And this realization hurts. Can hurt anyone. The bulkiest ogre, or the ittiest little red riding hood. The fact that I’m replaceable, but he’s not. That I wasn’t in it for me, I was in it for us. Sometimes, a person can be too sure of someone, too sure of that eventual future. This is the jinx I mean when I laugh at people who get their lady’s name tattooed on some outlandish place, and then they break up. This feeling is what happens when you name imaginary children, when you “try” to remain friends after it’s over. It’s equivalent to a few rejection letters a week in my case, and something’s gotta give.
Anne Lamott said in one of my favorite books Bird by Bird:
After thirty years or more of floundering around and screwing up, you will finally know, and when you get serious you will be dealing with the one thing you’ve been avoiding all along—your wounds. This is very painful. It stops a lot of people early on who didn’t get into this for the pain. They got into it for the money and the fame. So they either quit, or they resort to a type of writing that is sort of like candy making.
Writing is painful. Putting yourself on display, especially as a nonfiction writer, is painful. You run many risks, and taking those risks don’t generally keep you going. At least not for me. Today I’m busy, I have another new client, and I’m still writing Product Descriptions for the previous one (hold tight Ed!) I’m preparing for my second to last residency (yaeeh!), and my son’s birthday is today. Happy Birthday Tye! He makes twelve. I’m trying to remind myself why I wanted to write so badly when Bukowski already warned me not to do it if it “doesn’t come bursting out of you in spite of everything.”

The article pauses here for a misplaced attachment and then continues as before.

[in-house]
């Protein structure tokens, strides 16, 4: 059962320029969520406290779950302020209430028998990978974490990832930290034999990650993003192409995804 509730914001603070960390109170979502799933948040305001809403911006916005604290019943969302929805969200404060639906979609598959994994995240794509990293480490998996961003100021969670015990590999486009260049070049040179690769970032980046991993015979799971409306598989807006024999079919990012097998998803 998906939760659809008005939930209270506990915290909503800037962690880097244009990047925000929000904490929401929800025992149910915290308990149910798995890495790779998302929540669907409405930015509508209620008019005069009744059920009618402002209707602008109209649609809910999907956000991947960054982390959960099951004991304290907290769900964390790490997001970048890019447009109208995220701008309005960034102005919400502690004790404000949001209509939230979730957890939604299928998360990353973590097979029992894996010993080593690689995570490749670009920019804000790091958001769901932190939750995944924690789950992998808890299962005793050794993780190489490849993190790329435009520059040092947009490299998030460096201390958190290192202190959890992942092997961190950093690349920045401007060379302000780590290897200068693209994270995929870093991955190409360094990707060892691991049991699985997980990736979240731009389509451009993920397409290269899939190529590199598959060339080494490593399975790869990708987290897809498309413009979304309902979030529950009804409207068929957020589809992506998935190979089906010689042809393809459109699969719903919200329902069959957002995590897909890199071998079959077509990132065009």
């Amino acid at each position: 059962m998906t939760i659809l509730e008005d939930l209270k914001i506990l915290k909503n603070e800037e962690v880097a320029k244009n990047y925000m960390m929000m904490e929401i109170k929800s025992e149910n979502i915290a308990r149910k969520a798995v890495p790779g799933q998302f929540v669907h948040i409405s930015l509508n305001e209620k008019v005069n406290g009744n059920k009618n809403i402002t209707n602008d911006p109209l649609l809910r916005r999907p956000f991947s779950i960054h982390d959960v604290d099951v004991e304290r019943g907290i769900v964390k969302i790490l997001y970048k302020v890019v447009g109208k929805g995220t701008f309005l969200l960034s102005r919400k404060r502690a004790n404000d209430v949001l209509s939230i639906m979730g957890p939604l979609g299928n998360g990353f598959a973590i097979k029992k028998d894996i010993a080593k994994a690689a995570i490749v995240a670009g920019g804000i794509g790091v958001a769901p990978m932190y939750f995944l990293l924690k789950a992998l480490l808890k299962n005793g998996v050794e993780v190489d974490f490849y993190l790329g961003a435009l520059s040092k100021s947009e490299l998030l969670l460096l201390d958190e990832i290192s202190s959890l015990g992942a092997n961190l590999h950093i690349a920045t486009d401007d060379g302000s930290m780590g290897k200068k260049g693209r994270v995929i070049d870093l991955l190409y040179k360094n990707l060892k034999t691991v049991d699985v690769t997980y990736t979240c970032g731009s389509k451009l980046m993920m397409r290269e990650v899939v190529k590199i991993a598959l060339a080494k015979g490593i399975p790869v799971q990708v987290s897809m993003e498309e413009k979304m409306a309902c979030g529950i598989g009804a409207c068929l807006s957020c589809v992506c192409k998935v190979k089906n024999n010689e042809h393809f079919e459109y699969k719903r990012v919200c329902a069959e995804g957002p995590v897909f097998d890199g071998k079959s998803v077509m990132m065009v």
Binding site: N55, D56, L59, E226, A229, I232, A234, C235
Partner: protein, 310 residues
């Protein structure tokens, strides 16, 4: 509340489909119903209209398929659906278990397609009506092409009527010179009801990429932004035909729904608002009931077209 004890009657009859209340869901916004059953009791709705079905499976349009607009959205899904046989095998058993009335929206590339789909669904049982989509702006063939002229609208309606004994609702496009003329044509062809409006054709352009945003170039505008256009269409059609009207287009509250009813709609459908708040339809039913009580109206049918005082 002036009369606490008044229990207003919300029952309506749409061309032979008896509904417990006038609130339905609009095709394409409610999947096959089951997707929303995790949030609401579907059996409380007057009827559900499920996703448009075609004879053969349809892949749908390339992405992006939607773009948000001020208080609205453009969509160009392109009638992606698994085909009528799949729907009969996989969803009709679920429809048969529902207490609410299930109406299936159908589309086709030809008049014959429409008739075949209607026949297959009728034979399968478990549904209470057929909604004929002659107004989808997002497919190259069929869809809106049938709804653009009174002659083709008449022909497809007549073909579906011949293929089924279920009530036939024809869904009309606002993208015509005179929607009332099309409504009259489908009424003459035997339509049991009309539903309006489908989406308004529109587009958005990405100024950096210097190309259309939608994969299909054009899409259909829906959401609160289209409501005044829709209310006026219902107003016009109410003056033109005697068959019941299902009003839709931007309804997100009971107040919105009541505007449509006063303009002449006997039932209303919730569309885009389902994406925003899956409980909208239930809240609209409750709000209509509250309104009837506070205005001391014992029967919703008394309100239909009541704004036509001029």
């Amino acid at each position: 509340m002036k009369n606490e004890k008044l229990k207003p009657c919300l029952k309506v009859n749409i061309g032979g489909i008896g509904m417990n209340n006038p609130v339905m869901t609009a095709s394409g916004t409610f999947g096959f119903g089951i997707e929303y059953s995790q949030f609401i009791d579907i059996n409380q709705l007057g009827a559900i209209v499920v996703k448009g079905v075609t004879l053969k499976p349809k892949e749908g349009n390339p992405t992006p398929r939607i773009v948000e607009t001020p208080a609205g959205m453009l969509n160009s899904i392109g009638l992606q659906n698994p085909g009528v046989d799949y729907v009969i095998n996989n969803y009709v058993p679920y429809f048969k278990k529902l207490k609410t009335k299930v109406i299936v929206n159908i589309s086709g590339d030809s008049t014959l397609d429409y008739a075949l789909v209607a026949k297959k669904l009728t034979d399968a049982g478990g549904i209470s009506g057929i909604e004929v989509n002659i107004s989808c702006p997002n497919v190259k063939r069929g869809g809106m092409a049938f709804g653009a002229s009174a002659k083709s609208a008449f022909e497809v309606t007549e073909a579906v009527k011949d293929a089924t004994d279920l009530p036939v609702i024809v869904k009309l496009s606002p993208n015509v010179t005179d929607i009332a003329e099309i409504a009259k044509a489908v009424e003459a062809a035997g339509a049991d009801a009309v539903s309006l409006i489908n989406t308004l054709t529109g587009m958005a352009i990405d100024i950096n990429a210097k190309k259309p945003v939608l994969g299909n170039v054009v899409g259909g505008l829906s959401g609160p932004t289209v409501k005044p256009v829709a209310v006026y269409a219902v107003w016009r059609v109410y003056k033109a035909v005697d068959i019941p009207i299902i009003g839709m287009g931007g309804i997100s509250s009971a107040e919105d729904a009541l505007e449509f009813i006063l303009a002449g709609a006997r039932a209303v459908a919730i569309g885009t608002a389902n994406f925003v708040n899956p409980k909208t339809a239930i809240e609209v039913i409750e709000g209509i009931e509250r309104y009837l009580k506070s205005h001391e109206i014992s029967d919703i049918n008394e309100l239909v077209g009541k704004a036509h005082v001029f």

The problem is though, it does: When I’m on all fours breathing bleach scrubbing the jets in the inside of my jacuzzi tub the stories come to me, when I’m organizing my styling drawer by color and type of hair pin, when I fall asleep and am awakened by my tween exclaiming “Nope, cause it’s my birfday, nope, can’t do anything cause it’s my birfday,” when I wake from a nightmare that just won’t quit and I can feel the fear of failure—yes, the stories come out of me. And I have to submit. I have to let my neuroses take over. I simply sit down, close my eyes, and remember his breathing.
You simply keep putting down one damn word after the other, as you hear them, as they come to you. You can either set brick as a laborer or as an artist. You can make the work a chore, or you can have a good time. You can do it the way you used to clear the dinner dishes when you were thirteen, or you can do it as a Japanese person would perform a tea ceremony, with a level of concentration and care in which you can lose yourself, and so in which you can find yourself. —Lamott
My mentor recently informed me that I’d overwritten the ending of my memoir. Happy enough as that was, it made me feel like damn, even after all of my work, I still couldn’t get it right. This, she said was a positive thing, overwriting. It meant revision, and voila! It means that I have pieces I can pull from that are well written, and can begin to see the light of editors. I should have been happy.
I’m excessive, if asked to do one thing, I’ll do ten. If asked to do my best, I’ll do better than best would have been. If chanced to fall in love, I suppose, I’ll fall… and I don’t know if I’ll come out. When I’m asked on interviews what my weaknesses are, saying “obsession with what I’m working on”—just doesn’t do any of my attempts justice. Beyond being fixed or compulsive, by this time I’m already sure of the outcome. I give all.
I have made many mistakes, and lost much sleep over this.
To participate requires self-discipline and trust and courage, because this business of becoming conscious, of being a writer, is ultimately about asking yourself, how alive am I willing to be? —Lamott
I write because it makes me feel that “aliveness,” but it is lonely, and what I crave is experience and contact, to draw from. I am now alight upon a new journey. I think it will inform my writing in a terrific and mighty and even riveting way. It’s big news but I’m not ready to share it with the world yet. But I will tell you, it’s that BIG, and it makes me want to sing: